Results tagged ‘ Adam Wilk ’
Jacob Turner filled the role of Mud Hens starter on call for most of the summer until the Tigers traded him to Florida last month. Adam Wilk did it early this season. Andy Oliver did it for nearly two years. Even Casey Crosby got a shot earlier this season.
Now, is Drew Smyly the next in line?
With Doug Fister questionable for his next scheduled start with a right adductor strain, and Smyly’s start Tuesday night for Triple-A Toledo lasting only one inning, you have to wonder.
It wasn’t a bad inning for Smyly, 13 pitches with no hits, a walk and a strikeout. There were no reports of injury coming out of his start on the road at Lehigh Valley. What it does is keep Smyly’s arm fresh in case the Tigers need him to come back on three days’ rest and start in Doug Fister’s place Saturday against the Angels.
The Mud Hens were rained out in Lehigh Valley on Monday, so there’s no one completely on turn. The only other clear option would be Wilk, who started for Toledo on Sunday and has ample experience with the big club. One problem with Wilk is that the Mud Hens will most likely need him on Friday, and the Tigers might not be sure whether Fister can go by then.
One catch with Smyly, though, is that he hasn’t pitched deep into games since joining the Hens at the end of July. He hasn’t gotten through five innings in any of his five starts since the Tigers optioned him, and his 4 2/3 innings last week marked his first time getting through the fourth.
When Jim Leyland was asked today if he has ever had a team with as many rotation injuries as what the Blue Jays have dealt with, his answer eventually drifted to his own team. That might have been a pretty good hint that something wasn’t right.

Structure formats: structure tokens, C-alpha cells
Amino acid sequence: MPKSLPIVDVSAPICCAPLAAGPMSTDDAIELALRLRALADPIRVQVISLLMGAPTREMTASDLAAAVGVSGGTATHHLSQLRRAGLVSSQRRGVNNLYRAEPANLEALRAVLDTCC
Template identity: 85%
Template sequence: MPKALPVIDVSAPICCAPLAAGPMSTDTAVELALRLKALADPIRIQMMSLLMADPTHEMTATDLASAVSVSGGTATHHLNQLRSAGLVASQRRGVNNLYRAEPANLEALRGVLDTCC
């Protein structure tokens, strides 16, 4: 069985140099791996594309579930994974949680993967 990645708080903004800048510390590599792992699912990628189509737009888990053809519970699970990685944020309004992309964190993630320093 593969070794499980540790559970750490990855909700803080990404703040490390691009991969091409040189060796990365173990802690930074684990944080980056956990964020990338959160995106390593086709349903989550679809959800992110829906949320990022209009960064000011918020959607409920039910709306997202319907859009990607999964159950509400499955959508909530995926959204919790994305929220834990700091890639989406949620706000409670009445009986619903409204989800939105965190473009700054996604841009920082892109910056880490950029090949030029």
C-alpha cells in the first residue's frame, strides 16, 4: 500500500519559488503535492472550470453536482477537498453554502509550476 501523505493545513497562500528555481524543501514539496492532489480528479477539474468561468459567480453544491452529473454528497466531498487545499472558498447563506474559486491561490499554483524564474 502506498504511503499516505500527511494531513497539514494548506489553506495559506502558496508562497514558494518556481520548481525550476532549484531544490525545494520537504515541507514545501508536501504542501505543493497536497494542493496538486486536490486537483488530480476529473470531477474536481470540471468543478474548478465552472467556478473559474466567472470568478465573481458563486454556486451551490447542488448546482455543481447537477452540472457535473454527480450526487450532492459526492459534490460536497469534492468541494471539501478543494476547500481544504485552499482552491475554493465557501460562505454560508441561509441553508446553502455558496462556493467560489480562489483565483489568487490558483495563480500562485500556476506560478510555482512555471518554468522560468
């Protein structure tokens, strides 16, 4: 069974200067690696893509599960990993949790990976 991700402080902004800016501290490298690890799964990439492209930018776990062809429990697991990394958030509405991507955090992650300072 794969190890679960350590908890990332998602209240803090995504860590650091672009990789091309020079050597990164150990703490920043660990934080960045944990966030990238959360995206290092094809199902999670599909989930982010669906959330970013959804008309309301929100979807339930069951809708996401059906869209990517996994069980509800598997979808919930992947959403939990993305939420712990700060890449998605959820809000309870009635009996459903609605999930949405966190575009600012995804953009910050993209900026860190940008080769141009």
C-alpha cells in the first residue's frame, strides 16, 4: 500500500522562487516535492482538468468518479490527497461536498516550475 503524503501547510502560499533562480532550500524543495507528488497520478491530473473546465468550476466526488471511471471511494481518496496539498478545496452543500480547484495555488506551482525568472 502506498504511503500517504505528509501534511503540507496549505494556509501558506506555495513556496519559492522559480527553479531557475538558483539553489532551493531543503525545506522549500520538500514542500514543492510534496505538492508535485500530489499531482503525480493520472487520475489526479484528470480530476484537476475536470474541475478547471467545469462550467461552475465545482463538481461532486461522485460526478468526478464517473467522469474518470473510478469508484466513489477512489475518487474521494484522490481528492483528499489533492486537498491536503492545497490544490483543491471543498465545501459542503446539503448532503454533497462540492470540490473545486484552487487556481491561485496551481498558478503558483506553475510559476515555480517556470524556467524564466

Then Leyland updated the situation on Doug Fister, who is dealing with what Leyland called a “groin issue.”
It’s a big enough issue that neither Leyland nor Fister is certain he’ll make his next scheduled start on Saturday.
“We’re taking it day by day,” Fister said.
The tightness was a problem on Fister’s warmup pitches before his opening inning Sunday against Baltimore, but he was able to pitch through it without making it any worse.
“I felt it a little bit early on,” Fister said. “It ended up feeling tight afterwards.”
What happens if Fister can’t go isn’t clear. Triple-A Toledo was rained out Monday night, so the only pitcher who’s close to being on turn for Saturday is Adam Wilk, who started for the Mud Hens on Sunday. Drew Smyly last pitched last Friday, and he hasn’t pitched through the fifth inning since he started pitching again near the end of July.
What had been a strong first Major League start for Tigers left-hander Adam Wilk Saturday against the White Sox ended in freak fashion when he was hit by a foul ball into the visiting dugout at U.S. Cellular Field.